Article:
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The results of liver H and E staining are shown in [Figure 5]b. Mice in the control group showed a normal liver architecture, whereas in HFD model group, there was a marked presence of lipid droplets. The presence of macrovesicles was clearly seen in the liver of HFD-fed mice, a characteristic feature of fatty liver. 100 and 200 mg/kg RoseFit treatment restored the normal liver histology in HFD-mice. Oil red O staining further confirmed the accumulation of fat in HFD-fed mice [Figure 5]c. In the HFD-fed group, prominent red fat vacuoles stained by oil red O were observed. RoseFit treatment markedly reduced the hepatic accumulation of lipids in obese mice.

RoseFit reduces fat pad weight and morphology

The adipose tissue weights increased significantly in HFD group compared to normal animals [Figure 6]a. There was a dose-dependent reduction of fat pads in the RoseFit-treated groups. RoseFit (200 mg/kg) markedly decreased the epididymal and mesenteric fat weights in HFD-fed mice. In order to investigate the effect of RoseFit on the morphology of WAT in HFD mice, histological evaluation was performed and observed in a microscopic view with H and E staining [Figure 6]b. Adipocyte hypertrophy was clearly observed in HFD group compared to normal diet-fed mice (P < 0.001). RoseFit treatment at 100 and 200 mg/kg showed remarkable decrease in the adipocyte size. RoseFit at 200 mg/kg exhibited significant reduction in the adipocyte size as compared to HFD group (P < 0.001) [Figure 6]c.
Figure 6: Effect of RoseFit on fat depots in high fat diet-induced C57Bl/6 mice. (a) Epididymal and mesenteric fat pad weights, (b) paraffin sections of epididymal white adipose tissue (H and E staining), (c) Average adipocyte cell area of epididymal fat. Data are expressed as mean ± standard deviation (n = 6 per group). *P < 0.05, **P < 0.01, and ***P < 0.001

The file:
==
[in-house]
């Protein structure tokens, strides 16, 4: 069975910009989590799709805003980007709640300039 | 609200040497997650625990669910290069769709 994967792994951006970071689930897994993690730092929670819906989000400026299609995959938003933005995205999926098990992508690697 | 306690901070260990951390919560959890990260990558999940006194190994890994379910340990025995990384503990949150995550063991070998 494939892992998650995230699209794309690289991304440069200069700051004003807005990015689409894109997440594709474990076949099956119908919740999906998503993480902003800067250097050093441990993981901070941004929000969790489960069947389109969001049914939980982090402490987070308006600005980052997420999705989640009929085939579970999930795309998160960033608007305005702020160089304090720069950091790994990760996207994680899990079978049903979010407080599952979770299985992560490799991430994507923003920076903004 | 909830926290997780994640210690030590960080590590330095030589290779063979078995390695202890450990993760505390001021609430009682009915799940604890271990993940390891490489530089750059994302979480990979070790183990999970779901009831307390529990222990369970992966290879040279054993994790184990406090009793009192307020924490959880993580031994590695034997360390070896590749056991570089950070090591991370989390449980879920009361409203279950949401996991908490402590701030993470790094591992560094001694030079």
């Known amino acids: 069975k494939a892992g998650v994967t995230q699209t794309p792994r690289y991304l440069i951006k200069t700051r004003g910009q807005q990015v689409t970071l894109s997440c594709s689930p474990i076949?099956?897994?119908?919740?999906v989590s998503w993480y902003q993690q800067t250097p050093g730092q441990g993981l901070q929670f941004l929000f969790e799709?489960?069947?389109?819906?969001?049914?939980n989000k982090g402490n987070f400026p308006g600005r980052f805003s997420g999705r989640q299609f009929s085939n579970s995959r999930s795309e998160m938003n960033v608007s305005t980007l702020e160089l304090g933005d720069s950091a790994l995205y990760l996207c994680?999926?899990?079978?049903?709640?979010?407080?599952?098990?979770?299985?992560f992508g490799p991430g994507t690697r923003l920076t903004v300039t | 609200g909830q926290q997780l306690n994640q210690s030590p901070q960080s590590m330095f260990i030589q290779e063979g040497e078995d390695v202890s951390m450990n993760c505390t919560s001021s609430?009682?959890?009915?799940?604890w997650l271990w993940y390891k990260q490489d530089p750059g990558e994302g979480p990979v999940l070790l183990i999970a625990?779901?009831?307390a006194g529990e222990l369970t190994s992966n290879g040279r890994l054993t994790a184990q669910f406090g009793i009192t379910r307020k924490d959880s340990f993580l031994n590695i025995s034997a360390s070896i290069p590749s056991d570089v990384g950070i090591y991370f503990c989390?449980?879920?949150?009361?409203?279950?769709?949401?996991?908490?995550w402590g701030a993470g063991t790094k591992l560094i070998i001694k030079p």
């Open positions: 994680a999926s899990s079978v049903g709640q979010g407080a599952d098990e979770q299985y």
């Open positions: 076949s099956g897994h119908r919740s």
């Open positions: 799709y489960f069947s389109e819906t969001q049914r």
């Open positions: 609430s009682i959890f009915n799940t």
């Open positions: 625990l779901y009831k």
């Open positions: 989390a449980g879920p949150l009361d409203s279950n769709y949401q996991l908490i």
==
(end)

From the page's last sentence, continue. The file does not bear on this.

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RoseFit ameliorates altered serum lipid profile of high fat diet mice

The HFD fed C57Bl/6 mice showed higher lipid profile compared to normal animals [Figure 7]. Obese mice treated with low and high doses of RoseFit exhibited remarkable improvement in the lipid profile. The HFD mice treated with 200 mg/kg RoseFit showed significantly lower serum total cholesterol, LDL-c (P < 0.001), and higher HDL-c (P < 0.001) relative to the untreated HFD group. RoseFit treatment also decreased the serum TG of HFD mice; however, the data were not significant.
Figure 7: Effect of RoseFit on serum lipid profile of high-fat diet-induced obese C57Bl/6 mice. Data are expressed as mean ± standard deviation (n = 6 per group). ##P < 0.001 versus Normal group (ND); *P < 0.01 and **P < 0.001 versus high fat diet group

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RoseFit improves glucose tolerance in high fat diet-induced C57Bl/6 mice

[Figure 8]a shows the effect of RoseFit on fasting blood glucose (FBG) and glucose tolerance. As expected, HFD significantly elevated the FBG in mice compared to the control group (P < 0.01). However, a significant dose-dependent reduction in the FBG was observed in RoseFit-treated groups (P < 0.001). As evident from OGTT, the glucose tolerance of HFD-fed mice was markedly impaired as compared to normal diet-fed group [Figure 8]b. The blood glucose levels were markedly higher in HFD group than those of normal mice (P < 0.001). 100 and 200 mg/kg RoseFit treatment significantly restored the blood glucose level in HFD mice (P < 0.001).